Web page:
March 10, 2013

Our View: Efficiency Maine has plan to save state money

Rather than make power more expensive, the program lowers bills by helping people use less.

What if Maine could build a power plant that produced electricity at a quarter of the rate home customers now pay?

click image to enlarge

Efficiency Maine encourages investments in insulation and other projects to lower energy costs for homes and businesses.

2009 File Photo/John Patriquin

What if this power plant could satisfy 16 percent of the state's energy demand? Wouldn't that let Maine consumers keep more of their money? Wouldn't that make Maine businesses more competitive nationally?

That cheap power is also clean and is available right now in every corner of the state. It's called "efficiency."

Using less electricity, gas or oil may not sound as exciting as harnessing tides, wind or the sun's rays, but it has proven to be the cleanest and cheapest energy available on the current market.

Upgrades made by Maine businesses and homeowners last year with help from the Efficiency Maine trust saved electricity that would have cost 7.4 cents a kilowatt-hour. The savings would be the same as buying electricity at 1.27 cents per kwh, or buying heating oil for $1.05 per gallon, instead of $3.74 on the current market.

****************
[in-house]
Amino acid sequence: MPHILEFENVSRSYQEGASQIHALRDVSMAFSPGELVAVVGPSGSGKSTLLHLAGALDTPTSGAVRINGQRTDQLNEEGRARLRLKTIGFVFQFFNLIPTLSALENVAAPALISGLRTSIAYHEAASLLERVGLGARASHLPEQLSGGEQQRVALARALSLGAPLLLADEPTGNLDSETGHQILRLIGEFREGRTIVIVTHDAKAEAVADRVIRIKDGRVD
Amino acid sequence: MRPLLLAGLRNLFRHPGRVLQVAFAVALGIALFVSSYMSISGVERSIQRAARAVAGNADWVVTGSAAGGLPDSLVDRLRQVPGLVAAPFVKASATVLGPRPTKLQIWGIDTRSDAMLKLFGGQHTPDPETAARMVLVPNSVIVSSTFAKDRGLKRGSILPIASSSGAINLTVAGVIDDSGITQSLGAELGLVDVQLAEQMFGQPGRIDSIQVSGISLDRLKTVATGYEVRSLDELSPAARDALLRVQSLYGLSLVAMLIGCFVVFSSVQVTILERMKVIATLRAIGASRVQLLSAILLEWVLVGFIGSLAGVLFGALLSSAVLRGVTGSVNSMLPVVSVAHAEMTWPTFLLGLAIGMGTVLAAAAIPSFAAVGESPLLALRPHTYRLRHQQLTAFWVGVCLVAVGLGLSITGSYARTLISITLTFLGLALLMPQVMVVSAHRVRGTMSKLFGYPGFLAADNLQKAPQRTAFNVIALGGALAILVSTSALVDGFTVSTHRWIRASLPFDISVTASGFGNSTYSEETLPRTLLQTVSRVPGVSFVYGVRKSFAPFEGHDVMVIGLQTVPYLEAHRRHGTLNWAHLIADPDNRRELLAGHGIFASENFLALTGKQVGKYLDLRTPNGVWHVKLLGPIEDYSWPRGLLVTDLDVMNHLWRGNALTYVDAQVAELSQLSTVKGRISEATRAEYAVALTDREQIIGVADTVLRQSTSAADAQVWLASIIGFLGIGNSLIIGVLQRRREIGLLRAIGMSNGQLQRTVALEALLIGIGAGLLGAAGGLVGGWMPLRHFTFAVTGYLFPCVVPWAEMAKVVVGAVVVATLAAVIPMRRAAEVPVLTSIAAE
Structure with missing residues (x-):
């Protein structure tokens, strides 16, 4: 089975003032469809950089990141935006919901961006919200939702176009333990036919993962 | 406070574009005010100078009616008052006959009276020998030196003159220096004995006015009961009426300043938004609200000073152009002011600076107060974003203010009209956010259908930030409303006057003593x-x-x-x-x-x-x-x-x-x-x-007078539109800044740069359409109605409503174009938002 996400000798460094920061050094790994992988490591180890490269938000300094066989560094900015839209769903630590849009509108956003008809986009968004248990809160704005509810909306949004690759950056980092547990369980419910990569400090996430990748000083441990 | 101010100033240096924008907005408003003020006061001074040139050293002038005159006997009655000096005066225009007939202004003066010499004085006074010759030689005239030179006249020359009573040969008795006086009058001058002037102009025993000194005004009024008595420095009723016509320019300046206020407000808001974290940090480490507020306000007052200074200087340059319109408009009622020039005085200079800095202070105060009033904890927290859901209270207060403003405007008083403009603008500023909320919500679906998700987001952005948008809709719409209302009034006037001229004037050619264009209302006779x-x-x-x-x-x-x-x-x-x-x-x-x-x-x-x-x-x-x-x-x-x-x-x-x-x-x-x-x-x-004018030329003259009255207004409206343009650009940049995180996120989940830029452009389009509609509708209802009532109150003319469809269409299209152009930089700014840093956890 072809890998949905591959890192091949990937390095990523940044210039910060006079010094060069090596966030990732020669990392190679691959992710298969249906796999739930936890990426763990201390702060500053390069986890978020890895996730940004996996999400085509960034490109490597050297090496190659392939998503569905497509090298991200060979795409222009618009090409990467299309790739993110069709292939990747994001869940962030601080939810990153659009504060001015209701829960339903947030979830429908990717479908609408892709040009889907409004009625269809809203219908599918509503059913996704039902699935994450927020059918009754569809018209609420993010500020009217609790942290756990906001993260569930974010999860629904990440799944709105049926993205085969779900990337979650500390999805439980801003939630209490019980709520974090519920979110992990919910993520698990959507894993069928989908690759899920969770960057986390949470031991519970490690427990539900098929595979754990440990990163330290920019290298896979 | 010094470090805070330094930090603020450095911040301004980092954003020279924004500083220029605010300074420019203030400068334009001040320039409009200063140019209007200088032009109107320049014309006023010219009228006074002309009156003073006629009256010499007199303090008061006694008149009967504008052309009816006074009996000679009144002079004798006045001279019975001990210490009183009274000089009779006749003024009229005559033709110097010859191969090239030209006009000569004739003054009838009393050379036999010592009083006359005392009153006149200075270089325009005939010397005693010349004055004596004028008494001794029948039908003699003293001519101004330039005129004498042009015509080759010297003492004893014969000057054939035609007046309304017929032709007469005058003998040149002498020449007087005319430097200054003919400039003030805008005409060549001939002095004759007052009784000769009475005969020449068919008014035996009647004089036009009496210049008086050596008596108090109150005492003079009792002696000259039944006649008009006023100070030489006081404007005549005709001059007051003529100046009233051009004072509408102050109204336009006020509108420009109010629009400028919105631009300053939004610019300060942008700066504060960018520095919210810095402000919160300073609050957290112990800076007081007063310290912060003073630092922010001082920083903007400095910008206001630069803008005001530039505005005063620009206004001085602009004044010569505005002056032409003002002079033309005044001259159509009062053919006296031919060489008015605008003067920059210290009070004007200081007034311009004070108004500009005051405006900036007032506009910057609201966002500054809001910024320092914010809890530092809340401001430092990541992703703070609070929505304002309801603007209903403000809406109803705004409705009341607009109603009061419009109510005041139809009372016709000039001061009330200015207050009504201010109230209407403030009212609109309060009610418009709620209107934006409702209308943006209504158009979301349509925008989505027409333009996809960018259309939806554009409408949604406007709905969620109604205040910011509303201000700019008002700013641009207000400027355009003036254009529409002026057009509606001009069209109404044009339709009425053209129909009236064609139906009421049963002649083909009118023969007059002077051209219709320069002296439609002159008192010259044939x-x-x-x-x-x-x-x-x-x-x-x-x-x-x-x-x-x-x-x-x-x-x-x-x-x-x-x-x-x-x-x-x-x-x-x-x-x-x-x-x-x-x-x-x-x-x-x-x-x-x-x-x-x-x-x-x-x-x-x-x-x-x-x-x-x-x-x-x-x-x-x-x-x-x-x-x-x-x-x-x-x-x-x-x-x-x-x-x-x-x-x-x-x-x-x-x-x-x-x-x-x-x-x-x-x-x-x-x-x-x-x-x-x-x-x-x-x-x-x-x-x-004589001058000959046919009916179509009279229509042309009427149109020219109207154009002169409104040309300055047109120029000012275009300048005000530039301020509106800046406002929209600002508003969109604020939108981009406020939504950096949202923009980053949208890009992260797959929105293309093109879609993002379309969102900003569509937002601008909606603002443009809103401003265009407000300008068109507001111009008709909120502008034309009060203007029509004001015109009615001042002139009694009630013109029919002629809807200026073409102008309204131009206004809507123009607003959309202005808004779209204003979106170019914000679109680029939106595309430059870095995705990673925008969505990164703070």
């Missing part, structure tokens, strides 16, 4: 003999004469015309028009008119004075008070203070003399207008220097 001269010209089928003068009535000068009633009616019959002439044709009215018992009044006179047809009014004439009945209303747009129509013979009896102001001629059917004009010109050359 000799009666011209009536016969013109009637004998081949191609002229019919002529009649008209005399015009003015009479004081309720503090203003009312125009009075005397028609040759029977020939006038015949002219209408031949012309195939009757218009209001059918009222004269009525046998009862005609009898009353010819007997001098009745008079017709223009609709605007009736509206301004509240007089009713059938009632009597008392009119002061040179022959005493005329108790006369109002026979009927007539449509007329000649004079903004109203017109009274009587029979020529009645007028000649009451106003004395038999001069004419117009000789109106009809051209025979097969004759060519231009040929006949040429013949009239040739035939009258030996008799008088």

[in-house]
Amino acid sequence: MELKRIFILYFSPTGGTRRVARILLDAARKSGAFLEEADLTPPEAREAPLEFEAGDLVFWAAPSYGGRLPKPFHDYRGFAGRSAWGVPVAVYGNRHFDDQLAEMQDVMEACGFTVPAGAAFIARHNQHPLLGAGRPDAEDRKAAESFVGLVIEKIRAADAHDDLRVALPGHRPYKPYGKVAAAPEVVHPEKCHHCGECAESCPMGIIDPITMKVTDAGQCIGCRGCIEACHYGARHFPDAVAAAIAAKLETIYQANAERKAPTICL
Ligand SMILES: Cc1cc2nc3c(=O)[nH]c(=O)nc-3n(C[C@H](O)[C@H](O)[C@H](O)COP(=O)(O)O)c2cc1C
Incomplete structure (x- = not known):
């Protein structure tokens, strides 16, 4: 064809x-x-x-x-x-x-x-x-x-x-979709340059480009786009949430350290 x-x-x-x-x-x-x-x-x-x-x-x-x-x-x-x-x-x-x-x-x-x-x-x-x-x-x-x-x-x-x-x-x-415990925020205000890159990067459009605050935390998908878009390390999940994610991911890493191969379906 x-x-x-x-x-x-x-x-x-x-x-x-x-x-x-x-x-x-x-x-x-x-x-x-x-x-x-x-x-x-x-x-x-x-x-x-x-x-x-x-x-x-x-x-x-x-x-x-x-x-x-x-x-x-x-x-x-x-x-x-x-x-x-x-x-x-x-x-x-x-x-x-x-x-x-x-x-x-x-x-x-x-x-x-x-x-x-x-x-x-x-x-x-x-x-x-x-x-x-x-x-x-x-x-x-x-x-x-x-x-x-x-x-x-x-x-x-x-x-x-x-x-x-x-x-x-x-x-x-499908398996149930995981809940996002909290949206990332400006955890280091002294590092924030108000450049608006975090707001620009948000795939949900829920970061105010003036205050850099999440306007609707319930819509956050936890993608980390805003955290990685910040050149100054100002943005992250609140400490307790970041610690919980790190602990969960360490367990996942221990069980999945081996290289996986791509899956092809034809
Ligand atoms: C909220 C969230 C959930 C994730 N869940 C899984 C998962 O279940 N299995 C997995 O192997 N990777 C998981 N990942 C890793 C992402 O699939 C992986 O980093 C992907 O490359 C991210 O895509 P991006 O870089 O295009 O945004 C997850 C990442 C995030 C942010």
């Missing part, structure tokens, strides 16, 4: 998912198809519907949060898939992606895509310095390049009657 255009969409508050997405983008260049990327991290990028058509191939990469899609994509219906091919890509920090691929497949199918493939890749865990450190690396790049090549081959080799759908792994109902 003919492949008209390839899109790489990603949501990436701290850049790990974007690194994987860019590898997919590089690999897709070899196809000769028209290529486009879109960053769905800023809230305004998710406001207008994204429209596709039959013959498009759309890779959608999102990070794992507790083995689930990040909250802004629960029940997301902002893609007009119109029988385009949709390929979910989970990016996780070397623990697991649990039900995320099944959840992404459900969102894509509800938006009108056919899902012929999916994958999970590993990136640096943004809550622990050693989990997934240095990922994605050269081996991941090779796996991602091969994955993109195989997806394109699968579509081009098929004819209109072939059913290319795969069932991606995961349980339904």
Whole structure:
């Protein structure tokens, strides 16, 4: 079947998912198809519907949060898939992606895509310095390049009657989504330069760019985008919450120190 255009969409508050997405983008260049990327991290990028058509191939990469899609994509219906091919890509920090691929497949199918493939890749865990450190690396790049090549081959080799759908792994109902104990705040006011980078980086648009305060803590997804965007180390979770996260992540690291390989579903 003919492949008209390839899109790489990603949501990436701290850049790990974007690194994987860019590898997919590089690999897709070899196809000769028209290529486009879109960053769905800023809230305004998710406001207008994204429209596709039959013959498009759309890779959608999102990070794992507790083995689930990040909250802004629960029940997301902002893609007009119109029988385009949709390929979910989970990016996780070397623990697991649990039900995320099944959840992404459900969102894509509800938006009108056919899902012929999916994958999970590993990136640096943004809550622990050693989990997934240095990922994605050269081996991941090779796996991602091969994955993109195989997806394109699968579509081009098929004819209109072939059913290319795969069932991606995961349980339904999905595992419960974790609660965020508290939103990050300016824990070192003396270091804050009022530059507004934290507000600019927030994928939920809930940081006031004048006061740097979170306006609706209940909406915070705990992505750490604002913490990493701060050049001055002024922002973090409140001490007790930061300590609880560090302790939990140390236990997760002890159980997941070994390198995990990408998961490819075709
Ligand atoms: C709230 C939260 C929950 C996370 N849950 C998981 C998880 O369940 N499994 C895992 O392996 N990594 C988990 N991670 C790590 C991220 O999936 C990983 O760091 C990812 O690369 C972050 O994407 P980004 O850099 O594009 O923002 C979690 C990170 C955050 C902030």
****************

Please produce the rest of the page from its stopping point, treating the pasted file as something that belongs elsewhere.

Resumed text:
Investing in energy efficiency has been an easy call in every state in the region, regardless of local politics. Unfortunately, it has become politicized in Augusta because of the way the program is funded.

Efficiency Maine gets most of its budget from a surcharge on electricity bills. Critics claim that Maine's above-average power costs result in part from a well-meaning program that makes electricity more expensive.

But the flaw to that logic is that it looks only at the cost and not the benefit. The price per kilowatt-hour is not the only important number on an electric bill. The number of hours used also counts, and if an investment in efficient light fixtures or air sealing a building reduces the amount of power used, that lowers the bill.

If energy conservation is looked at as an alternative source of energy, it is an easy program to favor by people who are concerned with the high cost of energy in the state.

What's also important is that energy conservation projects keep more money in Maine. They not only save dollars from leaving the state to pay for oil and gas, but they also provide employment for in-state contractors who would do the work.

Efficiency Maine's three-year plan has been approved by the Public Utilities Commission and is headed to the State House for approval by the Legislature and governor.

With so much to fight about, members of both parties should seize on this as an policy area where no fighting is necessary. For the good of Maine, we should make these investments.

 

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